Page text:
Migraine Attacks and Relevant Trigger Factors in Undergraduate Nursing Students in Hong Kong: A Cross-Sectional Study

Yao Jie Xie (Corresponding Author), Meijuan Lin, Yuen Ting Wong, Linjia Yan, Dexing Zhang, Yang Gao

Research output: Journal article publicationJournal articleAcademic researchpeer-review

5 Citations (Scopus)


Objective: This study aimed to examine the prevalence and features of migraine and explore the possible migraine triggers in a sample of university nursing students in Hong Kong.
Methods: A cross-sectional study using self-administered questionnaires was conducted in the Hong Kong Polytechnic University in 2016. The questionnaire included ID Migraine™ for migraine screening and items measuring the frequency, duration, severity, associated symptoms, and trigger factors of migraine. Years 2– 5 undergraduate nursing students from the university completed the questionnaires. Binary logistic regression was conducted to examine the migraine-associated factors.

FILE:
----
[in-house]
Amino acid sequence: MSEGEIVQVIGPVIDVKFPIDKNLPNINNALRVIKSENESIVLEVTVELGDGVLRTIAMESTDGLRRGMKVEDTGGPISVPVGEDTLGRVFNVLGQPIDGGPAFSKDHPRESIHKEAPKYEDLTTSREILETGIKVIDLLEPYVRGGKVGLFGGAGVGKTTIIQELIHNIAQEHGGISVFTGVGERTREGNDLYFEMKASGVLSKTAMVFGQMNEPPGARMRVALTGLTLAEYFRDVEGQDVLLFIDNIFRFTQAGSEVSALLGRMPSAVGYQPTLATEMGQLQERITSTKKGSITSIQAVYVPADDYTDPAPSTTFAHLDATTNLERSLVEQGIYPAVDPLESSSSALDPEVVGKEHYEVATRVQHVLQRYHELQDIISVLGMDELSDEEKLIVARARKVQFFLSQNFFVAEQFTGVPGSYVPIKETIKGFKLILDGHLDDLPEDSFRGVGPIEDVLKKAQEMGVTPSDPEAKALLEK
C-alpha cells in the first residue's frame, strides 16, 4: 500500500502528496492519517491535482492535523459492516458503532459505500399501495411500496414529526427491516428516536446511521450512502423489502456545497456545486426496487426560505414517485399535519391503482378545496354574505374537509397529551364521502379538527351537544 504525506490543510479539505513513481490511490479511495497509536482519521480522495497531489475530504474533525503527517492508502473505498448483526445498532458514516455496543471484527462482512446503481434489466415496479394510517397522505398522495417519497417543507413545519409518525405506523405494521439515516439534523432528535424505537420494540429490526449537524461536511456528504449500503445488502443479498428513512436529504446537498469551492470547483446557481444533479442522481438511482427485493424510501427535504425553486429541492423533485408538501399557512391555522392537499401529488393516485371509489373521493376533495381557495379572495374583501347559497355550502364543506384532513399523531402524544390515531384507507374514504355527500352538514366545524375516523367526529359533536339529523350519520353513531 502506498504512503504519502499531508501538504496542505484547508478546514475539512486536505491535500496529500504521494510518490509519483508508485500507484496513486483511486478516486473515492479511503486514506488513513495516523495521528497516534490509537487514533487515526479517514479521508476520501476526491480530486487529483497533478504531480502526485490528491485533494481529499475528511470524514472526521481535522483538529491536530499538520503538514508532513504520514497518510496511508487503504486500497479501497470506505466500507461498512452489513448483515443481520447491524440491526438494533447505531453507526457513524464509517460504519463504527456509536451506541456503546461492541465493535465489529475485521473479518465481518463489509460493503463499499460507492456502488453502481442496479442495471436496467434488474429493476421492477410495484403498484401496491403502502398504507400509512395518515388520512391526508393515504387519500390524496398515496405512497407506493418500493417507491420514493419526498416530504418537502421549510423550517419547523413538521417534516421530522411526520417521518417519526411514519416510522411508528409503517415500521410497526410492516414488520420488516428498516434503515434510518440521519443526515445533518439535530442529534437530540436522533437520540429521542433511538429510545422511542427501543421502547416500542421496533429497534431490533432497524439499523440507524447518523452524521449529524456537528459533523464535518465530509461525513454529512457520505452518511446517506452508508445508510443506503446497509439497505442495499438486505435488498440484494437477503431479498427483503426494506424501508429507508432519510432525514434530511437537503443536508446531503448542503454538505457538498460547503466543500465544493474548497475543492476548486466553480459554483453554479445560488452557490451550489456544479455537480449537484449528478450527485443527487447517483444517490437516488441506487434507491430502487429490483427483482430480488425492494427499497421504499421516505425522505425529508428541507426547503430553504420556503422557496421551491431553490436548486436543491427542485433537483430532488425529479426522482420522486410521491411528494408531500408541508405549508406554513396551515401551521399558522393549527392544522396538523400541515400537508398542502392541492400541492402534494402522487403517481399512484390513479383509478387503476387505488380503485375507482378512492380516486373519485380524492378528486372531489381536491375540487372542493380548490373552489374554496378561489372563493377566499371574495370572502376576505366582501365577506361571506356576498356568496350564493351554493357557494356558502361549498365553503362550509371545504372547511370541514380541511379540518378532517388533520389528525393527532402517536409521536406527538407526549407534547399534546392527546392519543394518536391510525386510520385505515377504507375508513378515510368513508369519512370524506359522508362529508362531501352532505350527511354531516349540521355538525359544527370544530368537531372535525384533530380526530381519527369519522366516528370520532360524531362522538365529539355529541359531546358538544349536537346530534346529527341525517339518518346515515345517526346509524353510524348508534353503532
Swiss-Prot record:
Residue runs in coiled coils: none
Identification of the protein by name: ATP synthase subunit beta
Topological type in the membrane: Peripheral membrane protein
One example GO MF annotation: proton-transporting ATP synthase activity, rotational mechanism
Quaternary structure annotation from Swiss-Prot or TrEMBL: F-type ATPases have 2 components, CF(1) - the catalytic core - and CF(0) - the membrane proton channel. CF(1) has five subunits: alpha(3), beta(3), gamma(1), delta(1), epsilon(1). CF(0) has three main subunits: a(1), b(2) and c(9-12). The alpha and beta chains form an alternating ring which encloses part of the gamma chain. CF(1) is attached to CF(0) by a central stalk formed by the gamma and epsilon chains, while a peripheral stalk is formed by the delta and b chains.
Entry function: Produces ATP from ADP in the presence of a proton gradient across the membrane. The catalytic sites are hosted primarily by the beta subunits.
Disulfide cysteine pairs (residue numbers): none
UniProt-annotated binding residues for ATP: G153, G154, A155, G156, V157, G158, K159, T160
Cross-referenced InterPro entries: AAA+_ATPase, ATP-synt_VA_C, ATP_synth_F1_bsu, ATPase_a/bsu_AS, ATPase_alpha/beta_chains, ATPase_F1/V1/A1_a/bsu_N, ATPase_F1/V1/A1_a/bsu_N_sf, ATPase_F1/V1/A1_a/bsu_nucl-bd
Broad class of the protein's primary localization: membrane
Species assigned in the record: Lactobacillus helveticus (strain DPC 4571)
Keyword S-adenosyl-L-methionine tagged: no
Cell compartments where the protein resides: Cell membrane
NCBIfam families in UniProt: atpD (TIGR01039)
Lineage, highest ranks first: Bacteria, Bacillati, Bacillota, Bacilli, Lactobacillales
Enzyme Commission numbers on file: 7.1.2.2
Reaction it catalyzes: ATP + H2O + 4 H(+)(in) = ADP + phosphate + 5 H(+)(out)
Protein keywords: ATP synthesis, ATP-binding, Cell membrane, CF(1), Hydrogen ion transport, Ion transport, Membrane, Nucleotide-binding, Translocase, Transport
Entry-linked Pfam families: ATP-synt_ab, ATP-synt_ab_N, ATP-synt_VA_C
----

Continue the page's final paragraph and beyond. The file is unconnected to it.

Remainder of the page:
Results: A total of 702 nursing students, including 168 males and 534 females, were successfully screened. Their mean age was 20.8 ± 1.4 years. The overall prevalence of migraine reached 11.8%. Over half (67.5%) of the students with migraine experienced attacks at least once per month. Each attack had a median duration of 3 h (interquartile range: 1– 4 h) and the mean pain intensity score of 6.4 ± 1.6. Students with a family history of migraine (adjusted odds ratio [OR]: 1.89; 95% confidence interval [CI]: 1.10, 3.25; p < 0.05) and poor general health status (Adjusted OR: 3.41, 95% CI: 1.05, 11.09; p < 0.05) were more likely to suffer from migraine than those without. The three most common migraine triggers were the lack of sleep (94.0%), change in sleep schedule (83.1%), and noise (81.9%). Female students were more likely to experience fatigue-triggered migraine than male students (85.9% vs 63.2%, p < 0.05).
Conclusion: Migraine prevalence was relatively high among undergraduate nursing students in Hong Kong. Sleep problem was the most frequent trigger factor. The students’ awareness of migraine attacks should be increased, and migraine management must be improved by avoiding common trigger factors in this population.
Original languageEnglish
Pages (from-to)701-713
Number of pages12
JournalJournal of Pain Research
Publication statusPublished - 10 Mar 2022


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